37. Shan Liang., et al. “Recognizing Depression from the Microbiota–Gut–Brain Axis”. International Journal of Molecular Sciences 6 (2018): 1592.
  38. Daulatzai MA. “Non-celiac gluten sensitivity triggers gut dysbiosis, neuron inflammation, gut-brain axis dysfunction, and vulnerability for dementia”. CNS and Neurological Disorders - Drug Targets 14 (2015): 110-131.
  39. Ping-Huei Tseng., et al. “Obesity Exacerbates Irritable Bowel Syndrome-Related Sleep and Psychiatric Disorders in Women With Polycystic Ovary Syndrome.
  40. Aziz MNM., et al. “Irritable Bowel Syndrome, Depression, and Neurodegeneration: A Bidirectional Communication from Gut to Brain”. Nutrients9 (2021): 3061.
  41. , et al. “Prevalence of Constipation and its Relationship with Dietary Habits Among College Going Girls in the Age Group of 18-25 Years of Kolkata, West Bengal, India”. Acta Scientific Gastrointestinal Disorders 6.3 (2023): 03-13.
  42. Bhattacharjee., et al. ”Study of Interrelationship Between Irritable Bowel Syndrome and Non-Alcoholic Fatty Liver Disease”. Acta Scientific Gastrointestinal Disorders 6.4 (2023): 08-17.


Citation: Bijoya Bhattacharjee., et al. “Study of the Interrelationship Between Irritable Bowel Syndrome and Hypothyroidism”.Acta Scientific Medical Sciences 7.4 (2023): 165-172.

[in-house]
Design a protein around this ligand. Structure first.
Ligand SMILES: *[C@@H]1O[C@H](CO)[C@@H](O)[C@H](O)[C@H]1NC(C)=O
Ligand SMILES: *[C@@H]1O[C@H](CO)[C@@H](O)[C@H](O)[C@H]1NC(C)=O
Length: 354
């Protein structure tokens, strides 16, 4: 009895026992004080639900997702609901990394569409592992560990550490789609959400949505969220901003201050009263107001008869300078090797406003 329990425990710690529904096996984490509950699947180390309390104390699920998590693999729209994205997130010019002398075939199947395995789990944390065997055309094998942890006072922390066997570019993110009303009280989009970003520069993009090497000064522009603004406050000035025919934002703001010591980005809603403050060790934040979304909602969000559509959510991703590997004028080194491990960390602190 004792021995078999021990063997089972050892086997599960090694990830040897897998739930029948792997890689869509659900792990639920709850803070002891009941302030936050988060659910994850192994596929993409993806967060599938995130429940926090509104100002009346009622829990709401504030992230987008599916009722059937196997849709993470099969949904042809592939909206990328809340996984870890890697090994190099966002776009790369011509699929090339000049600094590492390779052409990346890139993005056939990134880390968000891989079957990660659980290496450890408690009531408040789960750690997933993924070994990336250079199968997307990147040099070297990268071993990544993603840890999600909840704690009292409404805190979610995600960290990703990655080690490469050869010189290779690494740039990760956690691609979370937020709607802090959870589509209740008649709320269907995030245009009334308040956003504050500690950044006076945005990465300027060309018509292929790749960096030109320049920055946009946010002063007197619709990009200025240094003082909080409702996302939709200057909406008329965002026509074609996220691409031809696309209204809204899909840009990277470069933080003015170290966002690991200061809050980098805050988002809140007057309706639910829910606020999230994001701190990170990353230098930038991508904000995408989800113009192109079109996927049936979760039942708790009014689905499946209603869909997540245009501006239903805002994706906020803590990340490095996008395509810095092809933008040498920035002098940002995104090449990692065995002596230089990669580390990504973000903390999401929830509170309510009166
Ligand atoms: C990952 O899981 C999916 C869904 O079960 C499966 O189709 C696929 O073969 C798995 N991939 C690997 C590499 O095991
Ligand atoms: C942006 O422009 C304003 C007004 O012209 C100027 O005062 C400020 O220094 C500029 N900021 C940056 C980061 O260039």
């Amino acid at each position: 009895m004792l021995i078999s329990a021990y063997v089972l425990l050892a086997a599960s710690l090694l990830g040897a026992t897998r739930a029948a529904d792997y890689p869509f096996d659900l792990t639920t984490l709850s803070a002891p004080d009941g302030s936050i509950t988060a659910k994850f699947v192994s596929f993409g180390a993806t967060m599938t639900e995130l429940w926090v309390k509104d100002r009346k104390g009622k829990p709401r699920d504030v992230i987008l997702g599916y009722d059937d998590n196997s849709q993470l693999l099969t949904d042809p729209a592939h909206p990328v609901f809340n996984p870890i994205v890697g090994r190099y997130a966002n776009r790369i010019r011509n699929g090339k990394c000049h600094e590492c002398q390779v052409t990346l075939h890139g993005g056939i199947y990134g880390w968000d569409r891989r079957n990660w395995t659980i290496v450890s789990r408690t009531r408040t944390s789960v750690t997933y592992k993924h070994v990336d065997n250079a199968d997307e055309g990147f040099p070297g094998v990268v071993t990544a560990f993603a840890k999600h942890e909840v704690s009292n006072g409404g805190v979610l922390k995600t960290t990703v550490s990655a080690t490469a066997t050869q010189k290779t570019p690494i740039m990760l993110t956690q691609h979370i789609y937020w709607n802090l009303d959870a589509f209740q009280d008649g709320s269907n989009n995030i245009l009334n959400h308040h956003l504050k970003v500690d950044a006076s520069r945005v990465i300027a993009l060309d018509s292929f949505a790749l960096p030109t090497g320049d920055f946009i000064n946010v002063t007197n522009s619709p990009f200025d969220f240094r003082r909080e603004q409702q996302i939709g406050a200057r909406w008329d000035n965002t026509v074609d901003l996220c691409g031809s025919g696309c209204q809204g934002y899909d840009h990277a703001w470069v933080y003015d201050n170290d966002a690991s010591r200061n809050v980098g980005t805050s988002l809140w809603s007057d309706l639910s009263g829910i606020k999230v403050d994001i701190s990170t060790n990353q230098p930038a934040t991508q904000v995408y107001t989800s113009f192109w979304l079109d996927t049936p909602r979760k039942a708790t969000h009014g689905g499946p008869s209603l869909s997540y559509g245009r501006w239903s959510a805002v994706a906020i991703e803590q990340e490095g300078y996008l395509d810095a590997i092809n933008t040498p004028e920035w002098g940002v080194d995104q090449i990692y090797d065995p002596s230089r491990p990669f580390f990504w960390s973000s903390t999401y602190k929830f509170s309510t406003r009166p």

Copyright: © 2023 Bijoya Bhattacharjee., et al. This is an open-access article distributed under the terms of the Creative Commons Attribution License, which permits unrestricted use, distribution, and reproduction in any medium, provided the original author and source are credited.


Acceptance rate30%
Acceptance to publication20-30 days
Impact Factor1.403

Indexed In

News and Events

  • Certification for Review
    Acta Scientific certifies the Editors/reviewers for their review done towards the assigned articles of the respective journals.
  • Submission Timeline for Upcoming Issue
    The last date for submission of articles for regular Issues is June 25, 2024.
  • Publication Certificate
    Authors will be issued a "Publication Certificate" as a mark of appreciation for publishing their work.
  • Best Article of the Issue
    The Editors will elect one Best Article after each issue release. The authors of this article will be provided with a certificate of "Best Article of the Issue"
  • Welcoming Article Submission
    Acta Scientific delightfully welcomes active researchers for submission of articles towards the upcoming issue of respective journals.

Contact US